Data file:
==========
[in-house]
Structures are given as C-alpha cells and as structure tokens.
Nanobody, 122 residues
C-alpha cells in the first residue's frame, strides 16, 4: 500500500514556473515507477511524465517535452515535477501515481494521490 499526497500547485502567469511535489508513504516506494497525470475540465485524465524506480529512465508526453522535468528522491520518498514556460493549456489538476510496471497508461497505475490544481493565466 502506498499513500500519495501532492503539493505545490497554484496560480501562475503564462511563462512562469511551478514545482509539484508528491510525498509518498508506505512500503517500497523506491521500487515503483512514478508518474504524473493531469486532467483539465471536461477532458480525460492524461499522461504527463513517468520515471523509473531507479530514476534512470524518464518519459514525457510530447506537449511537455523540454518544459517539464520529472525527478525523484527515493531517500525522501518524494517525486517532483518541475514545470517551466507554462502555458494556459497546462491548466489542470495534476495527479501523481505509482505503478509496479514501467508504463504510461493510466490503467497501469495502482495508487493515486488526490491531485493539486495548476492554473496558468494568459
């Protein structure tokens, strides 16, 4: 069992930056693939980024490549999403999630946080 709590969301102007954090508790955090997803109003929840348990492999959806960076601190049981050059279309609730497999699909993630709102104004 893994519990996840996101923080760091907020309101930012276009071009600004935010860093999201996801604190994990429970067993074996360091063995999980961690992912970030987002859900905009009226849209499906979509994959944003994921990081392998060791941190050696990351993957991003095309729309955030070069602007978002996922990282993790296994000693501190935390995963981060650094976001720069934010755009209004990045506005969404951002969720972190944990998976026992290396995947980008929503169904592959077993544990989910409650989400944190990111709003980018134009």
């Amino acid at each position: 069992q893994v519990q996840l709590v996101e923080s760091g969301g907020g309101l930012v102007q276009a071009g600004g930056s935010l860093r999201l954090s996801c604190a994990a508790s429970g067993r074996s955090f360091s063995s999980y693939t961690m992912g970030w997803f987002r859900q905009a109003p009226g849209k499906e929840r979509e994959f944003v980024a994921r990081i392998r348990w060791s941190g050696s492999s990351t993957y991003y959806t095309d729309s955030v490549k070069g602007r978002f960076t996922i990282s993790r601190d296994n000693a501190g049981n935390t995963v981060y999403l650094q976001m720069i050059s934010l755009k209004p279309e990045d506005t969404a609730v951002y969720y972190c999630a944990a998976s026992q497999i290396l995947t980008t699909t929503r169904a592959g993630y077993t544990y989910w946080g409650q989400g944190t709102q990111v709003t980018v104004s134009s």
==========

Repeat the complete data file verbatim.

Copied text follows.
[in-house]
Structures are given as C-alpha cells and as structure tokens.
Nanobody, 122 residues
C-alpha cells in the first residue's frame, strides 16, 4: 500500500514556473515507477511524465517535452515535477501515481494521490 499526497500547485502567469511535489508513504516506494497525470475540465485524465524506480529512465508526453522535468528522491520518498514556460493549456489538476510496471497508461497505475490544481493565466 502506498499513500500519495501532492503539493505545490497554484496560480501562475503564462511563462512562469511551478514545482509539484508528491510525498509518498508506505512500503517500497523506491521500487515503483512514478508518474504524473493531469486532467483539465471536461477532458480525460492524461499522461504527463513517468520515471523509473531507479530514476534512470524518464518519459514525457510530447506537449511537455523540454518544459517539464520529472525527478525523484527515493531517500525522501518524494517525486517532483518541475514545470517551466507554462502555458494556459497546462491548466489542470495534476495527479501523481505509482505503478509496479514501467508504463504510461493510466490503467497501469495502482495508487493515486488526490491531485493539486495548476492554473496558468494568459
């Protein structure tokens, strides 16, 4: 069992930056693939980024490549999403999630946080 709590969301102007954090508790955090997803109003929840348990492999959806960076601190049981050059279309609730497999699909993630709102104004 893994519990996840996101923080760091907020309101930012276009071009600004935010860093999201996801604190994990429970067993074996360091063995999980961690992912970030987002859900905009009226849209499906979509994959944003994921990081392998060791941190050696990351993957991003095309729309955030070069602007978002996922990282993790296994000693501190935390995963981060650094976001720069934010755009209004990045506005969404951002969720972190944990998976026992290396995947980008929503169904592959077993544990989910409650989400944190990111709003980018134009």
């Amino acid at each position: 069992q893994v519990q996840l709590v996101e923080s760091g969301g907020g309101l930012v102007q276009a071009g600004g930056s935010l860093r999201l954090s996801c604190a994990a508790s429970g067993r074996s955090f360091s063995s999980y693939t961690m992912g970030w997803f987002r859900q905009a109003p009226g849209k499906e929840r979509e994959f944003v980024a994921r990081i392998r348990w060791s941190g050696s492999s990351t993957y991003y959806t095309d729309s955030v490549k070069g602007r978002f960076t996922i990282s993790r601190d296994n000693a501190g049981n935390t995963v981060y999403l650094q976001m720069i050059s934010l755009k209004p279309e990045d506005t969404a609730v951002y969720y972190c999630a944990a998976s026992q497999i290396l995947t980008t699909t929503r169904a592959g993630y077993t544990y989910w946080g409650q989400g944190t709102q990111v709003t980018v104004s134009s």